#1
Hi,

Im just learning chord theory and something is puzzling me.

I have the notes DFC. Has a min 3rd and min 7th. So im assuming its a Dmin7 with no 5th just using basic interval distance im working that out.

So If I was to voice this chord CDF, this time it has a Maj2nd (D) and an perfect 4th (F)

Does the name of this chord change? And if so, how do I find a new name for it. If not, why?

Thanks guys
#4
Quote by vincpa
Hi,

Im just learning chord theory and something is puzzling me.

I have the notes DFC. Has a min 3rd and min 7th. So im assuming its a Dmin7 with no 5th just using basic interval distance im working that out.

So If I was to voice this chord CDF, this time it has a Maj2nd (D) and an perfect 4th (F)

Does the name of this chord change? And if so, how do I find a new name for it. If not, why?

Thanks guys
Really depends on what the melody and the bass are doing, but I doubt it as I dont see the harmonic stability of a major second/perfect fourth chord. Just call it a Dm/C or something, that slash just means the bass (but not the root) has changed.

And when I'm playing in my jazz band, I almost always leave out the fifth, It's really just filler, unless the chords a diminished/augmented chord. Play the fifth if your fingers can form that chord, othewise feel free to leave it out. Just remember that playing complicated chords (X13 and so on) exact are meant for pianist, not guitarists.
#5
Quote by vincpa
Hi,

Im just learning chord theory and something is puzzling me.

I have the notes DFC. Has a min 3rd and min 7th. So im assuming its a Dmin7 with no 5th just using basic interval distance im working that out.

So If I was to voice this chord CDF, this time it has a Maj2nd (D) and an perfect 4th (F)
For now, it's the good to remember that chords are best seen as a stacking of thirds. When you get things such as Maj2nds, P4ths, then it's a big clue that you have to re-organize those notes so they correspond in terms of 3rds, 5ths, 7ths, 9ths etc.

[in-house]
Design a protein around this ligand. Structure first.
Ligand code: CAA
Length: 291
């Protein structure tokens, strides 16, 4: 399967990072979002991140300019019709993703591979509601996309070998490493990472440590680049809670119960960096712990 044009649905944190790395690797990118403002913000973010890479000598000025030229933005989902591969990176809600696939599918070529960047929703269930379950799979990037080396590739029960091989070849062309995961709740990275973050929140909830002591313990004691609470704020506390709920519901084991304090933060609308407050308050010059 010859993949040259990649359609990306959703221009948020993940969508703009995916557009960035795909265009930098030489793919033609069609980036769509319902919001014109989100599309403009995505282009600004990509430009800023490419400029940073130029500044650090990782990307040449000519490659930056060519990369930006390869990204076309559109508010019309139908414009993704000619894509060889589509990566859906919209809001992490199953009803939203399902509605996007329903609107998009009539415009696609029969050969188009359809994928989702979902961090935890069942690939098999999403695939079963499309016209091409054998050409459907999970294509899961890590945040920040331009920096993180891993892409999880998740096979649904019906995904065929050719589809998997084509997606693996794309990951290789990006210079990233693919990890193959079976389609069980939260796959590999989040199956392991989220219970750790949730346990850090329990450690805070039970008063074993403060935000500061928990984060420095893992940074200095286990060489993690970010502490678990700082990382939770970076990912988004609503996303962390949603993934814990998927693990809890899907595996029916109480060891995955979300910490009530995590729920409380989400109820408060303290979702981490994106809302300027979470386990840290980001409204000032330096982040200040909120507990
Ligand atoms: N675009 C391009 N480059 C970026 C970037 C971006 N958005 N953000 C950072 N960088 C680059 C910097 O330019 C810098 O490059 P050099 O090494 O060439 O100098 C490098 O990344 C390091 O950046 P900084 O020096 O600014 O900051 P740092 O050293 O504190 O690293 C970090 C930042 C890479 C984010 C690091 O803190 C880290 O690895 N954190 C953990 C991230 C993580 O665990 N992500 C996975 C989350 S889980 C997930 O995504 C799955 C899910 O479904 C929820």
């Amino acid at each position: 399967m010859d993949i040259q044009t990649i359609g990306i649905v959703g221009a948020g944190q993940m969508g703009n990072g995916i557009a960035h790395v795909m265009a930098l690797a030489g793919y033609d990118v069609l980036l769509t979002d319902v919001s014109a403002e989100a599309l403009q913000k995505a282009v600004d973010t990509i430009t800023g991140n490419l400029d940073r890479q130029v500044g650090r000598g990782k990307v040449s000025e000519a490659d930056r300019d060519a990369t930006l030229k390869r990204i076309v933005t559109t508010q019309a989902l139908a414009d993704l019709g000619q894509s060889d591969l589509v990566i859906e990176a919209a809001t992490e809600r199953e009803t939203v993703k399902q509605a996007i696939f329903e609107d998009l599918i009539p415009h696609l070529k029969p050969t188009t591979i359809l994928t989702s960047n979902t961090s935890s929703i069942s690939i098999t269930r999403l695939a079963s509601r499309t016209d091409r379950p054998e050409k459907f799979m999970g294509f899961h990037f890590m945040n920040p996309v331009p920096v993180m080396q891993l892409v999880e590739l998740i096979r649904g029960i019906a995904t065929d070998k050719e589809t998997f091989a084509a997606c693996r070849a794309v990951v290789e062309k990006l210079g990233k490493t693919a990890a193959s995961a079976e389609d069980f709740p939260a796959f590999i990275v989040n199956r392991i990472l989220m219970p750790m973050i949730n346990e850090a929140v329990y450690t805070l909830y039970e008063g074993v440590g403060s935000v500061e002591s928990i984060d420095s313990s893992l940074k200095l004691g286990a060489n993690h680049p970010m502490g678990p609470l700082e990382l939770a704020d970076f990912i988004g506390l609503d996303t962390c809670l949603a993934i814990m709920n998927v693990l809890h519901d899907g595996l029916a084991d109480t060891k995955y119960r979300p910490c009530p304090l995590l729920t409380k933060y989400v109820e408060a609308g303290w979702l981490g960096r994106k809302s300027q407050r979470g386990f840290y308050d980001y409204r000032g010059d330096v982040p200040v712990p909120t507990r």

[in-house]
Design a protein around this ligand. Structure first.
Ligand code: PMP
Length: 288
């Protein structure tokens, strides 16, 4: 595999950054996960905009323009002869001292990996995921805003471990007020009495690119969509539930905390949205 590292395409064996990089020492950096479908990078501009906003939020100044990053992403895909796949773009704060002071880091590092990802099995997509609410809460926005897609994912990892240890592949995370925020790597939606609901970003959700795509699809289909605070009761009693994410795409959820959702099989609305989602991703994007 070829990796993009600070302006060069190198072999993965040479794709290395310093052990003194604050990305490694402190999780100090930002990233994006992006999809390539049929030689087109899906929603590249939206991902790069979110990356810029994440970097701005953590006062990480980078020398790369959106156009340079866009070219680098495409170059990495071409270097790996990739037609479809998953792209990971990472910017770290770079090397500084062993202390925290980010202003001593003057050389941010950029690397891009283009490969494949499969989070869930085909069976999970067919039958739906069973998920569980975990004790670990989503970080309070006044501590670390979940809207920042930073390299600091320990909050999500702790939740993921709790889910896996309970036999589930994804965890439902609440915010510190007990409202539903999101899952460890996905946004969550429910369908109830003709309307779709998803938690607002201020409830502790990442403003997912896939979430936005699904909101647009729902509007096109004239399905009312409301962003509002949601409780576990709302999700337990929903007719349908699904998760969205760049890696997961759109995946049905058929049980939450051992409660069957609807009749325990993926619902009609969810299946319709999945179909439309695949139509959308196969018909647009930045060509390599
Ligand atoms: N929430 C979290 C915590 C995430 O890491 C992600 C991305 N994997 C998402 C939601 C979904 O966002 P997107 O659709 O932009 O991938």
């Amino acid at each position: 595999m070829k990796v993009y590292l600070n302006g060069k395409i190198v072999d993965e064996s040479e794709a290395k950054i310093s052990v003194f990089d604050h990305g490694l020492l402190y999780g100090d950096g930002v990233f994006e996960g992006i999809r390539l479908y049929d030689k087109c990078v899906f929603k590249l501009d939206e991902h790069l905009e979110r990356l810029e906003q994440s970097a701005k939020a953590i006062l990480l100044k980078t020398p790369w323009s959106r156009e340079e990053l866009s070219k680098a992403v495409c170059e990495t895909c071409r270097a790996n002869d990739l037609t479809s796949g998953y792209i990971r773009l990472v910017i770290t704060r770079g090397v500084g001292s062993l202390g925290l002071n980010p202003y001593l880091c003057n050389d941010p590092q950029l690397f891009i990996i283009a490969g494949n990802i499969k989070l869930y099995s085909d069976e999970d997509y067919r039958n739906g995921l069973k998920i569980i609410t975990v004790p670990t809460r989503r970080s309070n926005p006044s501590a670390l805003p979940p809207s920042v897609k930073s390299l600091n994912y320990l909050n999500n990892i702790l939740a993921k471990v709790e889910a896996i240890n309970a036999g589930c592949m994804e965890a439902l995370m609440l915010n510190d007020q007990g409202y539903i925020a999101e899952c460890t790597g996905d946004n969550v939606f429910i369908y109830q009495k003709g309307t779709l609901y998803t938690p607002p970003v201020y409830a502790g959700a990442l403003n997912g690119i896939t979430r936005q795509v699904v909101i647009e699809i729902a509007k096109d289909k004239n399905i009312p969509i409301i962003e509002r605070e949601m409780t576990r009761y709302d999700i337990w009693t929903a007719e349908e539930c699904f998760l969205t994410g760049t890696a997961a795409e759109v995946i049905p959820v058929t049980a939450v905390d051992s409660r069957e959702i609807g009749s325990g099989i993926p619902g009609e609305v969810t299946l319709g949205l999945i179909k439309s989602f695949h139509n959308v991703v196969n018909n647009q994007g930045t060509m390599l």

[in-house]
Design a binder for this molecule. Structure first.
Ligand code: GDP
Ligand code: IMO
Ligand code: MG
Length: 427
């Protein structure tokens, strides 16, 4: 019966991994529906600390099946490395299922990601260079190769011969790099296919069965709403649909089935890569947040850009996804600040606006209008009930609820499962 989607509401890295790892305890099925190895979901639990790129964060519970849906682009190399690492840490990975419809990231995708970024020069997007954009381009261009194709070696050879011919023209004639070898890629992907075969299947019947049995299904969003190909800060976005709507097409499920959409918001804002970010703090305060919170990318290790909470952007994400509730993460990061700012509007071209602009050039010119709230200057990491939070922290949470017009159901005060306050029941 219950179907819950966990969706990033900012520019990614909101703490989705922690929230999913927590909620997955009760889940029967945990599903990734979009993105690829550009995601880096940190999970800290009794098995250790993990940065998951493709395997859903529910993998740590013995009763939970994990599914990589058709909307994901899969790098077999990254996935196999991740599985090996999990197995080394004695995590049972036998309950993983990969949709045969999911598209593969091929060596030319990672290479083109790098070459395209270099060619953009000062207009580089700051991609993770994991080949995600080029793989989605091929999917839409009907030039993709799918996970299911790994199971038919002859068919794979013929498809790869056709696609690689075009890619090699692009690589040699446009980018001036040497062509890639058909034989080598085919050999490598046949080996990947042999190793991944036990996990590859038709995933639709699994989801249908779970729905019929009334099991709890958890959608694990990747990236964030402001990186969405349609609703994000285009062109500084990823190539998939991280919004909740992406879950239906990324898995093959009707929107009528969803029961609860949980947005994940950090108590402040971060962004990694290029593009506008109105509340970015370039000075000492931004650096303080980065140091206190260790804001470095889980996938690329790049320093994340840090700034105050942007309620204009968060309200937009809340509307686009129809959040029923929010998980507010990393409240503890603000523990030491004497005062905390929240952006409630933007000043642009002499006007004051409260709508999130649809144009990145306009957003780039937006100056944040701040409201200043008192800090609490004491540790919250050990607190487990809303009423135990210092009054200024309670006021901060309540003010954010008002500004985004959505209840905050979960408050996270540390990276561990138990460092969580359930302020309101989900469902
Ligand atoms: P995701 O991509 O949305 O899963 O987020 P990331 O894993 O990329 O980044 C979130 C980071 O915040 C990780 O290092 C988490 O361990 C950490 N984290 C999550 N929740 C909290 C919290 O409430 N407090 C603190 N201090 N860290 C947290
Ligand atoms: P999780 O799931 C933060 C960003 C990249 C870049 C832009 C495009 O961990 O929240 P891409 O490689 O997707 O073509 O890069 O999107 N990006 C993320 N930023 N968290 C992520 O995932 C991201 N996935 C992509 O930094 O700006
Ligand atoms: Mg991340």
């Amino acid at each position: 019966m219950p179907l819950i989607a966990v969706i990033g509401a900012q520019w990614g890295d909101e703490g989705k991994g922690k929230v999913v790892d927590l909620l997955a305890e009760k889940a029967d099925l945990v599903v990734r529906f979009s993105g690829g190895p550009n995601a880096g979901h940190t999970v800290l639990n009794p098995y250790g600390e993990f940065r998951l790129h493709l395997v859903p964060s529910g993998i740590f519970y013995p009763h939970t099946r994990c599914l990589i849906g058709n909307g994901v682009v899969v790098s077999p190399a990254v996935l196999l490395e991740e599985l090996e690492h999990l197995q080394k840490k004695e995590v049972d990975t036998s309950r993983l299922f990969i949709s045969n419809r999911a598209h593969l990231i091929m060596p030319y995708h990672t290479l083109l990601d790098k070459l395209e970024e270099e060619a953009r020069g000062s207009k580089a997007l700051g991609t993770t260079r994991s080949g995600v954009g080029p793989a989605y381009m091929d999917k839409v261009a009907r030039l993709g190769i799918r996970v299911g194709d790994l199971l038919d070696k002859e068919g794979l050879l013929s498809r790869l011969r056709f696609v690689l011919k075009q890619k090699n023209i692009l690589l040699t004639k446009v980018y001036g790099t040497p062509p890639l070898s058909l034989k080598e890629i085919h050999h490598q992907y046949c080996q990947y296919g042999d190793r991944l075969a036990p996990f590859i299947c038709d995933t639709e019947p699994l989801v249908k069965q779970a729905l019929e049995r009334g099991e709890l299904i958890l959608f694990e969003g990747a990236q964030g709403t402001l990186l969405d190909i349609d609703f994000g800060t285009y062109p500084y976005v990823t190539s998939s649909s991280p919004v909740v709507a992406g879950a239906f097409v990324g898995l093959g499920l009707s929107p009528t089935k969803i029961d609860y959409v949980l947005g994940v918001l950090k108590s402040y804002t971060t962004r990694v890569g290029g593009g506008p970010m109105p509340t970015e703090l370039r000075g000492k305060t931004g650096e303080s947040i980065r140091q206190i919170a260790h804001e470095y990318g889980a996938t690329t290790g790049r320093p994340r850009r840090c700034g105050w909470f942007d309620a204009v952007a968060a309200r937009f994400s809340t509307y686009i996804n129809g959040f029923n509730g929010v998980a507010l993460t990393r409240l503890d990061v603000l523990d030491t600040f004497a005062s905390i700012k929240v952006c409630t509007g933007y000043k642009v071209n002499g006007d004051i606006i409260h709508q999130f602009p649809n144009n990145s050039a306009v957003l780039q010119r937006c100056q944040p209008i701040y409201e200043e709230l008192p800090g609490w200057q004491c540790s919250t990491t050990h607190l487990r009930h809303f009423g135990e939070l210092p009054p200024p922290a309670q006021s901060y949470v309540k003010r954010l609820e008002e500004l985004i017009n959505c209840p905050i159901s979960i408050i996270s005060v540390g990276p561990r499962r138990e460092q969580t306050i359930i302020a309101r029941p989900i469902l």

Of course, there are a bunch of weird chords, but the basic rule I stated above always acts as a foundation for figuring out the the tonic of the chord. hope it helps.
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#6
Quote by demonofthenight
Play the fifth if your fingers can form that chord, othewise feel free to leave it out. Just remember that playing complicated chords (X13 and so on) exact are meant for pianist, not guitarists.

I'd say leave the fifth out whenever you're comping unless you're playing something diminished, augmented, anything that involves the fifth to determine quality. It doesn't help to establish a chord's tonality, and the less notes the better when someone else has the melody or a solo. And guitarists should know all the "complicated chords" as well, it helps to know your extensions.
Last edited by :-D at Apr 8, 2008,
#7
Really depends on the context. It could be a Dm/C or just an inversion of Dm7, but there's just no way of knowing without stuff around it. For instance, if the progression went Dm, your CDF chord, Bm7b5, Bmaj7, chances are it's a Dm/C but it could be totally different, and what you're playing on guitar becomes significantly less integral to naming the chord when you've got a bassist.